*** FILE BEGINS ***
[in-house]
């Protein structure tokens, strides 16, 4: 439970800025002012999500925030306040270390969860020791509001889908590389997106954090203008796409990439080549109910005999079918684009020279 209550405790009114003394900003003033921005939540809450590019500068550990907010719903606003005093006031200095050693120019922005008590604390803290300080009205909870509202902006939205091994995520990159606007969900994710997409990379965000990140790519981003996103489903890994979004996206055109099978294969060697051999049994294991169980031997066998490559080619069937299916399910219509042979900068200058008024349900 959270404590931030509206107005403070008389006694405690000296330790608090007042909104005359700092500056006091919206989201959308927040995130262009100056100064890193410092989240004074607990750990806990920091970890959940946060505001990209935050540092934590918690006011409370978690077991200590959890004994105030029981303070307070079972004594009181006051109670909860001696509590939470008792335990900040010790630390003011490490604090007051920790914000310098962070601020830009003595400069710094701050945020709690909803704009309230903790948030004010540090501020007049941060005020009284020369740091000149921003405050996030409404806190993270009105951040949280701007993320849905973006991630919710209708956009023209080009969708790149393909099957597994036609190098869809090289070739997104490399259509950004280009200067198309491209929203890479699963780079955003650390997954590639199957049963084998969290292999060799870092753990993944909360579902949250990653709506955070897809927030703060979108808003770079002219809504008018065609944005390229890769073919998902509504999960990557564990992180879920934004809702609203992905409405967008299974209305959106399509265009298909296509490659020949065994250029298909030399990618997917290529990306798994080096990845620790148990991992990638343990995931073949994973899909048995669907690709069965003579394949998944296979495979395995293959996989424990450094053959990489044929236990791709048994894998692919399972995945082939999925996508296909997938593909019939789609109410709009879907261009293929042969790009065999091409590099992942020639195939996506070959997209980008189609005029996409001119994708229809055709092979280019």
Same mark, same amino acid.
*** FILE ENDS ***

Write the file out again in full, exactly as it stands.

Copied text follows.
[in-house]
């Protein structure tokens, strides 16, 4: 439970800025002012999500925030306040270390969860020791509001889908590389997106954090203008796409990439080549109910005999079918684009020279 209550405790009114003394900003003033921005939540809450590019500068550990907010719903606003005093006031200095050693120019922005008590604390803290300080009205909870509202902006939205091994995520990159606007969900994710997409990379965000990140790519981003996103489903890994979004996206055109099978294969060697051999049994294991169980031997066998490559080619069937299916399910219509042979900068200058008024349900 959270404590931030509206107005403070008389006694405690000296330790608090007042909104005359700092500056006091919206989201959308927040995130262009100056100064890193410092989240004074607990750990806990920091970890959940946060505001990209935050540092934590918690006011409370978690077991200590959890004994105030029981303070307070079972004594009181006051109670909860001696509590939470008792335990900040010790630390003011490490604090007051920790914000310098962070601020830009003595400069710094701050945020709690909803704009309230903790948030004010540090501020007049941060005020009284020369740091000149921003405050996030409404806190993270009105951040949280701007993320849905973006991630919710209708956009023209080009969708790149393909099957597994036609190098869809090289070739997104490399259509950004280009200067198309491209929203890479699963780079955003650390997954590639199957049963084998969290292999060799870092753990993944909360579902949250990653709506955070897809927030703060979108808003770079002219809504008018065609944005390229890769073919998902509504999960990557564990992180879920934004809702609203992905409405967008299974209305959106399509265009298909296509490659020949065994250029298909030399990618997917290529990306798994080096990845620790148990991992990638343990995931073949994973899909048995669907690709069965003579394949998944296979495979395995293959996989424990450094053959990489044929236990791709048994894998692919399972995945082939999925996508296909997938593909019939789609109410709009879907261009293929042969790009065999091409590099992942020639195939996506070959997209980008189609005029996409001119994708229809055709092979280019």
Same mark, same amino acid.